The students coming to the White House tonight will be met by the 'Inflatable Dome,' a virtual universe that displays a realistic virtual show of the galaxies. (Photo Credit: Erika Dimmler/CNN)
WASHINGTON (CNN) - One hundred and forty lucky middle school aged students are headed to the South Lawn at the White House this evening for a night of star gazing with President Obama – but this time, the proceedings have nothing to do with Hollywood royalty.
Tonight's festivities will target a very specific age group, one that typically succumbs to peer pressure and tends to move away from science and technology. According to former astronaut Dr. Sally Ride, who was on the South Lawn for a preview and will be there this evening, 'this reminds them that science is cool, and tonight's event might let them hold onto that interest' going into high school and college.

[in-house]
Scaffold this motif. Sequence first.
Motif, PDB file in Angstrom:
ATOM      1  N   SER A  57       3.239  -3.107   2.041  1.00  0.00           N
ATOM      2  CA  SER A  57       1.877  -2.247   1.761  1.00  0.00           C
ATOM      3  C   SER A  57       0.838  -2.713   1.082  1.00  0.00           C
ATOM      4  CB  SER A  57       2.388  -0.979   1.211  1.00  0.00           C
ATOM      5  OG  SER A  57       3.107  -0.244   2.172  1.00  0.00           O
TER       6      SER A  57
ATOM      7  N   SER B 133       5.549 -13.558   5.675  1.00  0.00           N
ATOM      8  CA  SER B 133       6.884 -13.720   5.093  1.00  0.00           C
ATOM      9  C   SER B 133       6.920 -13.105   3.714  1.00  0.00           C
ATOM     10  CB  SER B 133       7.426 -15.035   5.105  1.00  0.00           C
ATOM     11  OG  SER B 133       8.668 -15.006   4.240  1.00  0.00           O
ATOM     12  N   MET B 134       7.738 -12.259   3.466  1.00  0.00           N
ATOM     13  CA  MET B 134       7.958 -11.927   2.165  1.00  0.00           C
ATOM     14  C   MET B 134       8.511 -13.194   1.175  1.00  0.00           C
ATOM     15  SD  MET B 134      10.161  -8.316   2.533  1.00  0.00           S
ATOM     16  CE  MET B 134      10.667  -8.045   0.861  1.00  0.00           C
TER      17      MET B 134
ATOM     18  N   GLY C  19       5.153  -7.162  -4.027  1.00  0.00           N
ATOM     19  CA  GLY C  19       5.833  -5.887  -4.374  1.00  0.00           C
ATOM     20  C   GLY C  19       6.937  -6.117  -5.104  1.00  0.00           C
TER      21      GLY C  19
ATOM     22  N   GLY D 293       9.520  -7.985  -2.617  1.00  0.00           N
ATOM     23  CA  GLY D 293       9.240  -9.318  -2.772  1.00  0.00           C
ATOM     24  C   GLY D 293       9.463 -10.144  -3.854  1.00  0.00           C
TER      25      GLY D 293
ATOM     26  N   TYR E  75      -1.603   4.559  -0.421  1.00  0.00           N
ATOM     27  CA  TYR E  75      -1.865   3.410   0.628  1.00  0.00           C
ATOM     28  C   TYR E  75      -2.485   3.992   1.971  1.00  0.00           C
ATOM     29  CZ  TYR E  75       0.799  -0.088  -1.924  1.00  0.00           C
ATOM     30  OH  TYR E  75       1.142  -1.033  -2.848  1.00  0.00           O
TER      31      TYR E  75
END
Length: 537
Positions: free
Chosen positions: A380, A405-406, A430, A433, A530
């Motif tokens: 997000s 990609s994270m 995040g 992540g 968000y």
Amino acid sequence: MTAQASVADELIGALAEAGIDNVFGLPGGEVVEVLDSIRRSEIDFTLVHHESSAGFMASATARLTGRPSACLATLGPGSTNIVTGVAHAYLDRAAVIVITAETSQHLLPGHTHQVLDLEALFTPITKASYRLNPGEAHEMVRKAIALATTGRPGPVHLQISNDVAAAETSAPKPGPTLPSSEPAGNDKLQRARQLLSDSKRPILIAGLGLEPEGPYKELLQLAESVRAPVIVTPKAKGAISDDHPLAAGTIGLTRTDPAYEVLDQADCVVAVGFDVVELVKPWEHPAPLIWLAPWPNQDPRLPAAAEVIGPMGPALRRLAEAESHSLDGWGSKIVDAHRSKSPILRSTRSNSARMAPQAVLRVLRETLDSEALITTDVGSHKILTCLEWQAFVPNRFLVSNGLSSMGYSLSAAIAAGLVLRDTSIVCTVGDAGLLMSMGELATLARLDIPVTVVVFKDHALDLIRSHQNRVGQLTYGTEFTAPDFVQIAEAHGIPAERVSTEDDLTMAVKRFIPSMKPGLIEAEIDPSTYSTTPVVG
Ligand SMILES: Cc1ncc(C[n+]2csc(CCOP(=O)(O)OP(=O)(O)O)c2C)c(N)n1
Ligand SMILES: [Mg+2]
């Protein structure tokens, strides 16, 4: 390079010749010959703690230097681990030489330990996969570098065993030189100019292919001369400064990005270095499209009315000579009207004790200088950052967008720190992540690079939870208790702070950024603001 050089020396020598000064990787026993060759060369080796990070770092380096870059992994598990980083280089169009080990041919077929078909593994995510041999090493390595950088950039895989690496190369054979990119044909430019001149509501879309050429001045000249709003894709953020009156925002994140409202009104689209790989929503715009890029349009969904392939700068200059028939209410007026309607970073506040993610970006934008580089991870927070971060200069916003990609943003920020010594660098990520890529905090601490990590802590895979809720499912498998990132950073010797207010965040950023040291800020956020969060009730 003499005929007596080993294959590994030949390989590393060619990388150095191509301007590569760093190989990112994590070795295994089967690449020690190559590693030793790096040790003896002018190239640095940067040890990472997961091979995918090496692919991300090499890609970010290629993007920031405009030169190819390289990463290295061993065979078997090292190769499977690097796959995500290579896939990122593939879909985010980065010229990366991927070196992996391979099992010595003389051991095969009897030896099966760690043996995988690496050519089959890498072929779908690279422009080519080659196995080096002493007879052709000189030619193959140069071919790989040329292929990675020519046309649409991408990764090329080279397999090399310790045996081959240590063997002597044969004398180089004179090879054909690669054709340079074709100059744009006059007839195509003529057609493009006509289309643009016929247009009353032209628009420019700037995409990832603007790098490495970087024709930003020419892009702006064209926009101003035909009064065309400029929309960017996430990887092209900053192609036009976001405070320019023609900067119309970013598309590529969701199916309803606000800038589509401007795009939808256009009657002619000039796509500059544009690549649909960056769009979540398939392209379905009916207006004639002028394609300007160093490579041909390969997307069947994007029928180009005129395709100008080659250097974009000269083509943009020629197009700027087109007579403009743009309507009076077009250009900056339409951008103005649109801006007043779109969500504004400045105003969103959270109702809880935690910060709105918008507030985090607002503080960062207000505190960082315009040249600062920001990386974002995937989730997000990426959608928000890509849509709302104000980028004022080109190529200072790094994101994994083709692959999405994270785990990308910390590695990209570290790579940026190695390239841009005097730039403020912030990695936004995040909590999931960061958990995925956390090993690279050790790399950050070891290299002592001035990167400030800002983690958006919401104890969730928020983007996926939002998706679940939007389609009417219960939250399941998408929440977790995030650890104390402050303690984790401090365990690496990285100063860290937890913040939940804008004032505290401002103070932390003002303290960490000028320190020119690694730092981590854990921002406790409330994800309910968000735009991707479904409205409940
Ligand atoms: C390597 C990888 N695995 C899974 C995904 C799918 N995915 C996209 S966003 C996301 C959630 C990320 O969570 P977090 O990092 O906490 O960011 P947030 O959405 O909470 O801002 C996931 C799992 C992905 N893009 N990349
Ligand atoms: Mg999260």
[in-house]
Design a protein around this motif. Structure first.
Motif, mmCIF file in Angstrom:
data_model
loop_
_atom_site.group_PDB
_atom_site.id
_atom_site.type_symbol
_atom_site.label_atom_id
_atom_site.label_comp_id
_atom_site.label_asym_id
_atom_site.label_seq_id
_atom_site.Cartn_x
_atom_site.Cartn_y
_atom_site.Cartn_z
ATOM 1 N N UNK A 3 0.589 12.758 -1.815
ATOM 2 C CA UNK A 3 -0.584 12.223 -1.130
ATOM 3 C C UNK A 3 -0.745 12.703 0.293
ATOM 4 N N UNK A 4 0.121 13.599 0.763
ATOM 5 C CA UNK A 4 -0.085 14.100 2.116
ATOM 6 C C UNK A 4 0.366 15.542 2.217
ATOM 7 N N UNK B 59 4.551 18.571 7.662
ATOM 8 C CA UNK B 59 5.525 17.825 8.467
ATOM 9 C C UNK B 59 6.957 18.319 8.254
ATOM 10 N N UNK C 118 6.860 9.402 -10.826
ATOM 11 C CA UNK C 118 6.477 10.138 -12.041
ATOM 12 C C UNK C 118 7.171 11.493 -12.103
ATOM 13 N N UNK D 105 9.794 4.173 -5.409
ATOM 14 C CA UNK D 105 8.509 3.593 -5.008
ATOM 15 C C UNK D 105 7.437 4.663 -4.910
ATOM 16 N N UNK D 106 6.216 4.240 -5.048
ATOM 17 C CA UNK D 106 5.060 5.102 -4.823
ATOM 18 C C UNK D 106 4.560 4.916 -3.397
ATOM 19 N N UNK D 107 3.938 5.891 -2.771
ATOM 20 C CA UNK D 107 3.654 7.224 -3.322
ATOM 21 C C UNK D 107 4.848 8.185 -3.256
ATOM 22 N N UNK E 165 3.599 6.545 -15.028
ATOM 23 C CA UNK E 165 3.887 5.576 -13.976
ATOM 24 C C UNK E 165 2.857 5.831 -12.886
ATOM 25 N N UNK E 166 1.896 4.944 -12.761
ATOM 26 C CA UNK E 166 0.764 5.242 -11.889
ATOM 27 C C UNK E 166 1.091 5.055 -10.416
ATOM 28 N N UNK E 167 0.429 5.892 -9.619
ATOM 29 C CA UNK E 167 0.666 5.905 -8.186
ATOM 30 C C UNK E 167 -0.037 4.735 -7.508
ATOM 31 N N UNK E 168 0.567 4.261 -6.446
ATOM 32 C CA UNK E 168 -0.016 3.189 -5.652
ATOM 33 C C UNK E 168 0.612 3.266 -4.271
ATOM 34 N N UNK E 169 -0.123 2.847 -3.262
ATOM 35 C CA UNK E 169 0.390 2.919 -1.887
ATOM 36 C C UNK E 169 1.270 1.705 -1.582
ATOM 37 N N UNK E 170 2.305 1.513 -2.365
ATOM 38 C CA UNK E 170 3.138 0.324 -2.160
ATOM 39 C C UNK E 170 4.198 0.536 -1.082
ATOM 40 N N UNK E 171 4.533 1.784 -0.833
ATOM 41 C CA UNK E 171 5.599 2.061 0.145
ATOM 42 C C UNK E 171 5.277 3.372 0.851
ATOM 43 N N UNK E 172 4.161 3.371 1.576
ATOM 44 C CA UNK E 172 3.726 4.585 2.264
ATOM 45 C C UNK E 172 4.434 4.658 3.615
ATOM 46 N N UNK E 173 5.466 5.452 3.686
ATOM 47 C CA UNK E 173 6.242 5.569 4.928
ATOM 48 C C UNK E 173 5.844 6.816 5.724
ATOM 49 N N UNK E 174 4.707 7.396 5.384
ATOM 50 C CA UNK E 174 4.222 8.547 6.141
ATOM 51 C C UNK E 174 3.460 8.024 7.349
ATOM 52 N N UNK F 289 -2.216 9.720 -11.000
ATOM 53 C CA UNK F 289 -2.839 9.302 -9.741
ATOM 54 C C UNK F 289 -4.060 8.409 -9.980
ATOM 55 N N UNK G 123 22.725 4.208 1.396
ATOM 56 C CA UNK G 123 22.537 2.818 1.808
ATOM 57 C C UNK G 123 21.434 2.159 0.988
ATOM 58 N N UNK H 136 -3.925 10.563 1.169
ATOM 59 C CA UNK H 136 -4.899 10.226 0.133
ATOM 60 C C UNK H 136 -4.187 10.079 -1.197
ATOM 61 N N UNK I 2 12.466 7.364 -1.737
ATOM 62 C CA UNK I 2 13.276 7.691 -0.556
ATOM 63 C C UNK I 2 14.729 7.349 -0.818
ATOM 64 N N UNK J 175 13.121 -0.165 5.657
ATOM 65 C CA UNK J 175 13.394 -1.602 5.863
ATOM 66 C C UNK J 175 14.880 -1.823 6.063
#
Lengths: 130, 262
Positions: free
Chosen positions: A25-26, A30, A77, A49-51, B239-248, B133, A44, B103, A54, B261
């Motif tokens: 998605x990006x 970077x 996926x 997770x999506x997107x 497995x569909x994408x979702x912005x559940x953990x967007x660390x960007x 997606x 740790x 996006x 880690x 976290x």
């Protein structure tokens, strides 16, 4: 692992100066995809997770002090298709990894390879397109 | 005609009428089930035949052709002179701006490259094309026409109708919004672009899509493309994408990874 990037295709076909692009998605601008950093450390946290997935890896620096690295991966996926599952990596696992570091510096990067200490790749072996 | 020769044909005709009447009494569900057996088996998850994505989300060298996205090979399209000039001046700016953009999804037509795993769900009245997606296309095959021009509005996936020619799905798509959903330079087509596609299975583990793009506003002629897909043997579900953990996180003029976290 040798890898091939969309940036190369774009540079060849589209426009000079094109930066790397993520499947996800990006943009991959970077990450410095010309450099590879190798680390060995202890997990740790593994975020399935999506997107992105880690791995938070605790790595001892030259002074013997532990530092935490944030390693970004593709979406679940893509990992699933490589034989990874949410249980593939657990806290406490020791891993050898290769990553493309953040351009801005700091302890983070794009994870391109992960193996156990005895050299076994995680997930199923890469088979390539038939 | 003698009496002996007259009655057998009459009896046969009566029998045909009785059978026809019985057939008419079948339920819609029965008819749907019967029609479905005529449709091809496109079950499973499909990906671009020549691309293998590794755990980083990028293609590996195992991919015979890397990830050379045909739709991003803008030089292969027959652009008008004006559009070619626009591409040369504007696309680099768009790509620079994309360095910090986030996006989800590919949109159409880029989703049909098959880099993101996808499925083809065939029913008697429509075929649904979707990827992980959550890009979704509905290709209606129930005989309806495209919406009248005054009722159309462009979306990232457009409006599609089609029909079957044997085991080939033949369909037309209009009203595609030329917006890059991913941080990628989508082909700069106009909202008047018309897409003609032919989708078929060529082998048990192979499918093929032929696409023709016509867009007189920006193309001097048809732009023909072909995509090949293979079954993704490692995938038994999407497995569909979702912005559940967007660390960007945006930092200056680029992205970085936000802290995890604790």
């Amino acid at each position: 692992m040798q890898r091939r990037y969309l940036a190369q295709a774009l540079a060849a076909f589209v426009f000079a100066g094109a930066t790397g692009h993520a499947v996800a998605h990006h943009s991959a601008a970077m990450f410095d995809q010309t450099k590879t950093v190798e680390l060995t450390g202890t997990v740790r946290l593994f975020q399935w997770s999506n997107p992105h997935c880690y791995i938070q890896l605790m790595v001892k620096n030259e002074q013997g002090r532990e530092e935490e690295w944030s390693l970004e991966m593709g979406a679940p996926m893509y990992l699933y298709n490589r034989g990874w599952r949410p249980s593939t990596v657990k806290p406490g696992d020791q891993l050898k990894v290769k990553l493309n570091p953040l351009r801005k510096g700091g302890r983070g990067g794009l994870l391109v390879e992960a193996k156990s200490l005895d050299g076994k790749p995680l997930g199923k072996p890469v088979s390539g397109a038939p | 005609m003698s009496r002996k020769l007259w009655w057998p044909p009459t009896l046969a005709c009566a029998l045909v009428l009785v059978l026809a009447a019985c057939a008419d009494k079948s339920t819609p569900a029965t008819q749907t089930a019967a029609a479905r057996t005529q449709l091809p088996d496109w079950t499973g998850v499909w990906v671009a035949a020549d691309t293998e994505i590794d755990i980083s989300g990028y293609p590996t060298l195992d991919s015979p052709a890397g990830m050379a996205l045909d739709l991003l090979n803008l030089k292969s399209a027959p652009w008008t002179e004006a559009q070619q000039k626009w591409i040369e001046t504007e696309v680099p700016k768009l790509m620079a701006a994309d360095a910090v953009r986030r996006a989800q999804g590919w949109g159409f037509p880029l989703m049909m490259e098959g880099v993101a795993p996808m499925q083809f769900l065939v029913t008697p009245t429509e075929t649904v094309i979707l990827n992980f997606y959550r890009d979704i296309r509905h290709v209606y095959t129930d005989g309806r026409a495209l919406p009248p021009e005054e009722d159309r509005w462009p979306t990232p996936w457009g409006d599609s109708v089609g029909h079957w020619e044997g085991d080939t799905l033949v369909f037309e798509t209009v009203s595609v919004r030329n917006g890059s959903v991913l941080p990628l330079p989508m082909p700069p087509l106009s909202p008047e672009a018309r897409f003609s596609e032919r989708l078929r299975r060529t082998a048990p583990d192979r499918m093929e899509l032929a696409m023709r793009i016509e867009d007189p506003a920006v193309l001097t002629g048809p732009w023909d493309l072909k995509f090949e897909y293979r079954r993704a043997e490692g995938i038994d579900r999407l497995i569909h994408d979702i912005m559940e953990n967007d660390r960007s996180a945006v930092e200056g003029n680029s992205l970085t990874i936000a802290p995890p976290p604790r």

The students from local middle schools in Washington, DC and Virginia who are coming to the White House tonight will be met by the 'Inflatable Dome,' a virtual universe that displays a realistic virtual show of the galaxies, as well as roughly twenty telescopes scattered about the lawn and pointed toward the heavens. Max Mutchler, a Hubble scientist, will be manning the Odyssey 8 telescope. Beyond the stars and the Earth's own moon, according to Mutchler, the big draw this evening will be Jupiter and its moons, specifically the four brightest orbs - the same moons that Galileo first saw over 400 years ago - and the cloud structures that surround them.
As for Dr. Ride and her fondest memories of her time in space, she told CNN that "launch is something absolutely spectacular, no astronaut ever forgets it. And the view back at earth. It's an absolutely spectacular view, and it gave me a different appreciation for the planet, the fragility of the planet and the importance of protecting it. And the appreciation that we live someplace that is unique."
The hope for tonight is that some students will realize it too.